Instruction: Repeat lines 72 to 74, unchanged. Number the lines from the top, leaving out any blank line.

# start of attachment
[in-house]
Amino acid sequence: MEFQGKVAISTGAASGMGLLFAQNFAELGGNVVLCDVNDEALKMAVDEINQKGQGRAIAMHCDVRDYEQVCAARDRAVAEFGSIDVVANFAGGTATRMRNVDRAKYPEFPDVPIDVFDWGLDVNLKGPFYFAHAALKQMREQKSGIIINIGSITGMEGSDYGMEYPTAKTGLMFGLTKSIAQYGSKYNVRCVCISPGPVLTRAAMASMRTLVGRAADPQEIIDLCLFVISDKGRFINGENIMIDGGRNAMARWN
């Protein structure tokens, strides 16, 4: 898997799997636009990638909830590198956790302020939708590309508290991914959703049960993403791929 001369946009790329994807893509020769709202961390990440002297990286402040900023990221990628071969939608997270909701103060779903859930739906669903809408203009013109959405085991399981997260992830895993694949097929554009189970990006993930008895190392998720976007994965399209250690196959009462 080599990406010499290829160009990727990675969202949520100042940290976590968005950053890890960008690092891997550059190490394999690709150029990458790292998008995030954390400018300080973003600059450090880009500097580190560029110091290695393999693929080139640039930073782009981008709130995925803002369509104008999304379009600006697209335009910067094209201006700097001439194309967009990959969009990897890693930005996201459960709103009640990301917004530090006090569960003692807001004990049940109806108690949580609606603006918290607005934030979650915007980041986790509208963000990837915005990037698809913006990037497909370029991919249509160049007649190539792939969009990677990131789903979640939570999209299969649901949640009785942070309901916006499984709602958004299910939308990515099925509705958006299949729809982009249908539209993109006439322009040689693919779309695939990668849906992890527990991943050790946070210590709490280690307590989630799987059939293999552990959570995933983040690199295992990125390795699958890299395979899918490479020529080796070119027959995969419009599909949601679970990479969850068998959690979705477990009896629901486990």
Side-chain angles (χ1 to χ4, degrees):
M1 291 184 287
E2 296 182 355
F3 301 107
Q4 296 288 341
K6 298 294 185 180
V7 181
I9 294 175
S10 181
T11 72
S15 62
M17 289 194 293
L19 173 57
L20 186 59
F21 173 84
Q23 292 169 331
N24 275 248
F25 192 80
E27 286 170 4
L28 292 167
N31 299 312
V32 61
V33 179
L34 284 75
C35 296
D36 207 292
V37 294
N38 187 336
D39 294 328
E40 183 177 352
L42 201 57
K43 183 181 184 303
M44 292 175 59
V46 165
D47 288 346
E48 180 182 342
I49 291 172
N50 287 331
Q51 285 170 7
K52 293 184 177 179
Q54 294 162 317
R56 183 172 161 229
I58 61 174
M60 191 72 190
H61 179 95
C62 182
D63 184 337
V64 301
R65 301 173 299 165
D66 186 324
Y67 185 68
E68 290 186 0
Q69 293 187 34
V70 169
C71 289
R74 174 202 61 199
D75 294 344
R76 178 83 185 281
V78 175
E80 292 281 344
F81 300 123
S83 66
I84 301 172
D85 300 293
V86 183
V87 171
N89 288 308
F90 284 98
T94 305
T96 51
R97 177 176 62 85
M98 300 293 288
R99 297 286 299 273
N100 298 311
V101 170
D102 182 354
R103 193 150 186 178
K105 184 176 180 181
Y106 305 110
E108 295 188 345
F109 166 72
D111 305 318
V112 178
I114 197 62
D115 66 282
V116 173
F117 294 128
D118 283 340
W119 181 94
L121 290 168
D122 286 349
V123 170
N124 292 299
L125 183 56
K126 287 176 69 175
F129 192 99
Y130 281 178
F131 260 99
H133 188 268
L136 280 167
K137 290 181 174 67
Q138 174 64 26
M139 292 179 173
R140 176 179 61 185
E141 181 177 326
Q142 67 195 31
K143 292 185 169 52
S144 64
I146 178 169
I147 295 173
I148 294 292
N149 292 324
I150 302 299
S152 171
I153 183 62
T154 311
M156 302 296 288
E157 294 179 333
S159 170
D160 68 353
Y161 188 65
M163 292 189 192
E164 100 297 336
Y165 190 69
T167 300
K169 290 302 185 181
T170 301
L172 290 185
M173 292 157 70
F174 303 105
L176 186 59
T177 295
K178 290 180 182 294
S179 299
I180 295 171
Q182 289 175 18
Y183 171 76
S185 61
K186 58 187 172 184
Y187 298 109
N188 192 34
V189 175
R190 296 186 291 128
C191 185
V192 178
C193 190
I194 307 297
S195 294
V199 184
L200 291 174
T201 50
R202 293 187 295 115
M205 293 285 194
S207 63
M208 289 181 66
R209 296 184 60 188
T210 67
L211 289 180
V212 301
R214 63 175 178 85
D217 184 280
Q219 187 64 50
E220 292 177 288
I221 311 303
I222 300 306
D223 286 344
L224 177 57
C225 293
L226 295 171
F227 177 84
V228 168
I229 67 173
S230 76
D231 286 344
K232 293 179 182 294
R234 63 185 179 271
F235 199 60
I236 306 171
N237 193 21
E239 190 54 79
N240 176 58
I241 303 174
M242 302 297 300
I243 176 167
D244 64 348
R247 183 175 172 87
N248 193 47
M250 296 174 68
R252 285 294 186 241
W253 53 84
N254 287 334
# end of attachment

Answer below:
T94 305
T96 51
R97 177 176 62 85